Not so Cosmopolitan

Business National Pandemic

Plans to go abroad get foiled while plans to return get postponed as India goes through the lockdown amidst the second wave. The Indian economy stands to lose with a lower number of international migrants. 

Bangalore: Preeti Pathak, a citizen of the United Kingdom, came back to India in February to visit her mother-in-law, who stays alone. She planned to take her mother-in-law back with her to the UK. However, because the lockdown began in April and Indian citizens were banned from traveling to the UK, the plan was foiled. She had to leave her mother-in-law alone again and go back home, in fear that if she stayed, she might not be able to go back for months. 

“I don’t know how my mother-in-law will manage alone in another series of lockdowns,” she said. Like Preeti, a lot of other Indians have been stressed about the ban on travel to different countries because of the second wave. This situation isn’t new to Atul, the owner of Tours and Travels India. 

He said that his clients have been struggling since the start of the pandemic. A lot of his clients who had plans to go work abroad had to opt for alternate routes to make their journey. “If one of my clients had to go for work in Singapore, they would first take a flight to Thailand, or any other place where there wasn’t a travel ban,” he said, “and then proceed to Singapore.”

Atul has seen a short fall in his clients because of the pandemic. Although there were still some who had a work visa, there were none who wanted to travel on a tourist visa. “The business will take a while to pick up because of the pandemic,” he said, “at least 60 percent of the world’s population needs to be vaccinated for a business like ours to bloom again.”

A United Nations report states that India was the leading country of origin of legal international migrants in 2019. The World Bank said in their report of 2020 that the pandemic had affected international migrants. The migration data showed that India had facilitated the return of more than 4.5 million Indians from around the world as of February 2021. 

Students and professionals across India struggle to leave the country to further their opportunities. Advith Jagirdar got his job offer letter in February. Confident that there would not be a lockdown again, he proceeded to apply for a visa. However, to his dismay, visa offices had been asked to shut down and borders to the UK had been closed due to the rising cases. “I pushed back my joining date to July,” he said, “With the current situation, I feel that my plan to work in the UK might be delayed for longer.”

Unlike Advith, students like Ishaan Zaveeri and Praneeth, who study computer science in the UK, wish to come back to India. They left the country to pursue their higher education when the lockdown lifted. They had been planning a visit back, however, because of the lockdown, they have postponed their plans. “I am afraid that if I do go back home, I won’t be able to come back because of the pandemic and its uncertainties,” said Praneeth, “I wanted to be home for summer with my family.”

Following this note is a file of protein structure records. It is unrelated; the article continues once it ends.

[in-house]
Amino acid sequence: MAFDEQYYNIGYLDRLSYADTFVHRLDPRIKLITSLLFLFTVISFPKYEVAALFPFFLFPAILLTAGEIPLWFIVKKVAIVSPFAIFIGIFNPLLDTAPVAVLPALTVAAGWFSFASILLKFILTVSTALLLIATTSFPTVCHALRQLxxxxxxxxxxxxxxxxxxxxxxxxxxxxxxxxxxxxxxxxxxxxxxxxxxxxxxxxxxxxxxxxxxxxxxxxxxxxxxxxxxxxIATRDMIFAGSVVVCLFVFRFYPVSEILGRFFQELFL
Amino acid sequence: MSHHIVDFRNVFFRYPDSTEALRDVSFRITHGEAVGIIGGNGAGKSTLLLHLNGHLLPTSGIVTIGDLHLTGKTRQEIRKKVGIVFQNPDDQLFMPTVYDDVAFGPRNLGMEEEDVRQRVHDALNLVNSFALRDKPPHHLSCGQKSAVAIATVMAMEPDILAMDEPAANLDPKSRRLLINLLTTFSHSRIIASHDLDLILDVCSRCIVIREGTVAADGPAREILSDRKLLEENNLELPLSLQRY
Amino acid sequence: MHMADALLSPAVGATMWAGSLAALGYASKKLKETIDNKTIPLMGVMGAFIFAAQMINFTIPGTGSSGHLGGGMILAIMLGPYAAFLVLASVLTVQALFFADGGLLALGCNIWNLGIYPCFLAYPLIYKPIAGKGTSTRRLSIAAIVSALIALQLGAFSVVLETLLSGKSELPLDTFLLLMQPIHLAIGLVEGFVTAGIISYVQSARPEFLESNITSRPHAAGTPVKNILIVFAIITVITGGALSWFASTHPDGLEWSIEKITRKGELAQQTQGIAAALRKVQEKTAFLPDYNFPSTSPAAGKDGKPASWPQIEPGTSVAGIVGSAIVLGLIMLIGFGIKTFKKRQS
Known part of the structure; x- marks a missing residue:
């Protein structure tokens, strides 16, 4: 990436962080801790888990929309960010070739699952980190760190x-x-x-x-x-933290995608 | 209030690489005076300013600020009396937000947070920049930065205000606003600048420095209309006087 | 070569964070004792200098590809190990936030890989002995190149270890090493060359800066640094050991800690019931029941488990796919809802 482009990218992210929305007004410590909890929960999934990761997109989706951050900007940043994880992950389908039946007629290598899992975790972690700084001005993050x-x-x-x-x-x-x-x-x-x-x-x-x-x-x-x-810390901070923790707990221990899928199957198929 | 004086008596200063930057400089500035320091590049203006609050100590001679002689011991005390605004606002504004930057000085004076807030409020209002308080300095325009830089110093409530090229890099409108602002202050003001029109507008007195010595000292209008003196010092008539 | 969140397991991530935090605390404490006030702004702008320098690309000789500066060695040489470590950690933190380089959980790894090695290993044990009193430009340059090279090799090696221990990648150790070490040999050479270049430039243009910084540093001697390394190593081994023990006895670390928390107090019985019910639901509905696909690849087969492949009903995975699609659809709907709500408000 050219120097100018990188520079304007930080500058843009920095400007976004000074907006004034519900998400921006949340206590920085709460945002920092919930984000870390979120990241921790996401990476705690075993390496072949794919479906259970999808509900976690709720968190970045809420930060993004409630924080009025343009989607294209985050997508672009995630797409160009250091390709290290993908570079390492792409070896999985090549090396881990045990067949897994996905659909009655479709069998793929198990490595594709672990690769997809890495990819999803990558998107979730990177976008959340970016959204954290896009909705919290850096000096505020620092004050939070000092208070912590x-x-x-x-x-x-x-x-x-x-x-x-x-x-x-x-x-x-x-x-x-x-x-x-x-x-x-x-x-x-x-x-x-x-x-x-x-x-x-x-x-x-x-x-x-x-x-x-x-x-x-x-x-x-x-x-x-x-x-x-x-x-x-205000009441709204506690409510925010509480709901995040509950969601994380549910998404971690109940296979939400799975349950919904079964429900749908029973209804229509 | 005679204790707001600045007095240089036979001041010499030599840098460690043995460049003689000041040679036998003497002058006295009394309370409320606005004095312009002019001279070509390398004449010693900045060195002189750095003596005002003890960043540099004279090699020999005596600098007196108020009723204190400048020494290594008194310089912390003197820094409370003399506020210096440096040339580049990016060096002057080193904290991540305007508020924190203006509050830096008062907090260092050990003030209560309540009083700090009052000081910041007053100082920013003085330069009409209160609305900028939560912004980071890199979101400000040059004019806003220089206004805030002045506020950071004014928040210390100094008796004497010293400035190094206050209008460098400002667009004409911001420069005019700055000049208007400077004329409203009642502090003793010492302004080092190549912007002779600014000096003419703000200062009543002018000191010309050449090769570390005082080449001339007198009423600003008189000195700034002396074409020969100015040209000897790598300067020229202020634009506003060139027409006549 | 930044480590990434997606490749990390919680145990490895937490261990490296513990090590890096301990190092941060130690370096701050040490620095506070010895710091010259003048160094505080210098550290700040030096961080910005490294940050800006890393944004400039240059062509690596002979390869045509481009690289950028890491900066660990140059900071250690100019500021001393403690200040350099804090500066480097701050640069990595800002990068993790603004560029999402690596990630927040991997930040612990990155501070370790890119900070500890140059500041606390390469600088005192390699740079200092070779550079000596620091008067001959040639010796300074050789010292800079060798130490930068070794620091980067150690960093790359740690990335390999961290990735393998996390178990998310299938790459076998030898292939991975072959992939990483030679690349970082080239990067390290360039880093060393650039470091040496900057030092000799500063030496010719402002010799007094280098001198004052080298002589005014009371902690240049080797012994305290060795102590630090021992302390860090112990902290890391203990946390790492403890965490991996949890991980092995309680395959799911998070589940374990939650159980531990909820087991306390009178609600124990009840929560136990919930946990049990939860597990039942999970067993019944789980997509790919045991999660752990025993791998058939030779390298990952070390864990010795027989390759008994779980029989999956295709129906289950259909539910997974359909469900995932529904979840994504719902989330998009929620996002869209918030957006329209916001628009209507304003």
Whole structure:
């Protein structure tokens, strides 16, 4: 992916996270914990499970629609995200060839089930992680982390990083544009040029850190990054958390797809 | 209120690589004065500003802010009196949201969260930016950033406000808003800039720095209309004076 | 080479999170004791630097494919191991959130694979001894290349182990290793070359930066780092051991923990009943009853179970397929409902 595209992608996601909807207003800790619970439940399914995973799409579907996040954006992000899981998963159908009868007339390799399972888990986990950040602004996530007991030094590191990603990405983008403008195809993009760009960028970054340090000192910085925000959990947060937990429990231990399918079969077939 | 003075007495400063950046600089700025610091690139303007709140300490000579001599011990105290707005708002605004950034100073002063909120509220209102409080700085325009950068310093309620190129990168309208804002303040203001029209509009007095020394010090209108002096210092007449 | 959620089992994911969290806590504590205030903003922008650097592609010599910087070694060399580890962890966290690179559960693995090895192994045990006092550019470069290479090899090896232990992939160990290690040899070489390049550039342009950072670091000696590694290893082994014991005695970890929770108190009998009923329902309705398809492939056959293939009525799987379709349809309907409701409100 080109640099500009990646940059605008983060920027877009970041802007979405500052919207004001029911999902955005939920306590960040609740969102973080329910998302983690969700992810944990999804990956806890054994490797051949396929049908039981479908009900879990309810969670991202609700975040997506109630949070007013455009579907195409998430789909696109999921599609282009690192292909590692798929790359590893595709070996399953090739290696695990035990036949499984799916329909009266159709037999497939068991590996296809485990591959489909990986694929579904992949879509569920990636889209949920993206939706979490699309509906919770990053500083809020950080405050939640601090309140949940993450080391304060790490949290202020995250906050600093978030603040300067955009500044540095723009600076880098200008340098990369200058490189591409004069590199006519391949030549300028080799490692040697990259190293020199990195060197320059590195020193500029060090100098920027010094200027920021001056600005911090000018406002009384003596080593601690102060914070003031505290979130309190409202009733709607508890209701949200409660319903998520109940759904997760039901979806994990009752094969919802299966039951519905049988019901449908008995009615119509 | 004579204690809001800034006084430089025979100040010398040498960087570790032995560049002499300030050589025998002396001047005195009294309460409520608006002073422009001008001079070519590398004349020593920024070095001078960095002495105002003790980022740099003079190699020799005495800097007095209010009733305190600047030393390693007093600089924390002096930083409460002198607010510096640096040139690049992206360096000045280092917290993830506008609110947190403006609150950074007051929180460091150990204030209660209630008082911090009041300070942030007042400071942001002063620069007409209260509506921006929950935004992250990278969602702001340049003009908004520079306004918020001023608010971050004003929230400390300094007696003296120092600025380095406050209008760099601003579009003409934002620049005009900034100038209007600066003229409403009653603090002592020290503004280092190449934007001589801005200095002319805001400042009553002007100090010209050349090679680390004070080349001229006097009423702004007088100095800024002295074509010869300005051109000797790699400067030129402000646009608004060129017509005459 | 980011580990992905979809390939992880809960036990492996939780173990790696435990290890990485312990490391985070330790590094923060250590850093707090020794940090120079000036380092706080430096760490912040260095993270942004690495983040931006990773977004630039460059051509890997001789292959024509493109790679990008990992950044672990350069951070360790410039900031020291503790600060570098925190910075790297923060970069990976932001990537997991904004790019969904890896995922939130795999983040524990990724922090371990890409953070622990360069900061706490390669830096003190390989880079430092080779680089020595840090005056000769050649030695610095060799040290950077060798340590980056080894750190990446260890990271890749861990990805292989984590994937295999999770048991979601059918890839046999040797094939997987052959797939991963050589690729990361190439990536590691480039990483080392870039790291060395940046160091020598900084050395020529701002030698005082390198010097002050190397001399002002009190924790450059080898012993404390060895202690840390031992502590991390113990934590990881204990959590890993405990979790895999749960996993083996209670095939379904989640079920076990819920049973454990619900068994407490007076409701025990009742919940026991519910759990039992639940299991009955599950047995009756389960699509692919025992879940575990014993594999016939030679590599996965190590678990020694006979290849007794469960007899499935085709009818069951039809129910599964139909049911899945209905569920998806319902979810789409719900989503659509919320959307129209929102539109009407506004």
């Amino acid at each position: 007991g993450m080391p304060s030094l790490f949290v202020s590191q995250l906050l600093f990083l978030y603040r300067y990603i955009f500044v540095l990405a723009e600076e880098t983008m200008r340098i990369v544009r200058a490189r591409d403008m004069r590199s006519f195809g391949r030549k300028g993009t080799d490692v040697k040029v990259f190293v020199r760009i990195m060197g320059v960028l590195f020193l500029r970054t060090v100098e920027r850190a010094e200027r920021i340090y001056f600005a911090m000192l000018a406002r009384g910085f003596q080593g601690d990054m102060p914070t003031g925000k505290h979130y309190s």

Students had planned for alternatives during the first wave, said Jitin Chawla, career counselor at the Center for Career Development, Delhi. His services were flexible and helped students find alternative destinations for their education, so if one country was out of bounds, they could go for the other. 

“Some of the parents requested that their children find a good university in India,” he said, “they feared that the pandemic would harm prospects of studying abroad.” He added that one of his students who had joined a college in the UK completed her first year recently. But, because she feared that she couldn’t be physically present at the university any time soon, her parents questioned the benefits of investing so much money. 

“The reason students wish to go to universities abroad is because of the multinational experience and wider scope of good internships,” said Chawla, “Sitting in front of the screen doesn’t enable that.” According to him, the number of people approaching studying abroad has increased as they are positive for next year. “They see that the vaccinations are being done,” he said, “The issue was with people who had to go this year or last year.”

International emigration rises when the economic development of the country flourishes, said Dr. Stuti Mona Tripathi, economist and impact analyst. “More people acquire the financial means to travel then,” she said. When students or professionals lose their chances of going abroad, the Indian economy suffers too, she added. Citing RBI data, the Ministry of External Affairs said that $76.4 billion was received as remittances from Indians abroad between 2018 and 2019.

The benefits of NRIs on the Indian economy

NRI contributions to the Indian growth domestic product stood at 3.4 percent in 2018, according to a report by Xpress Money, a global company for payments and foreign exchange solutions. The report states that each NRI money transfer adds to the country’s foreign exchange pool, this contribution is a major part of the country’s economic development. 

Several other countries besides the United States of America, United Kingdom, Bangladesh, United Arab Emirates, and Canada have banned the entry of Indian citizens in light of the pandemic, according to the advisory published by the Bureau of Immigration.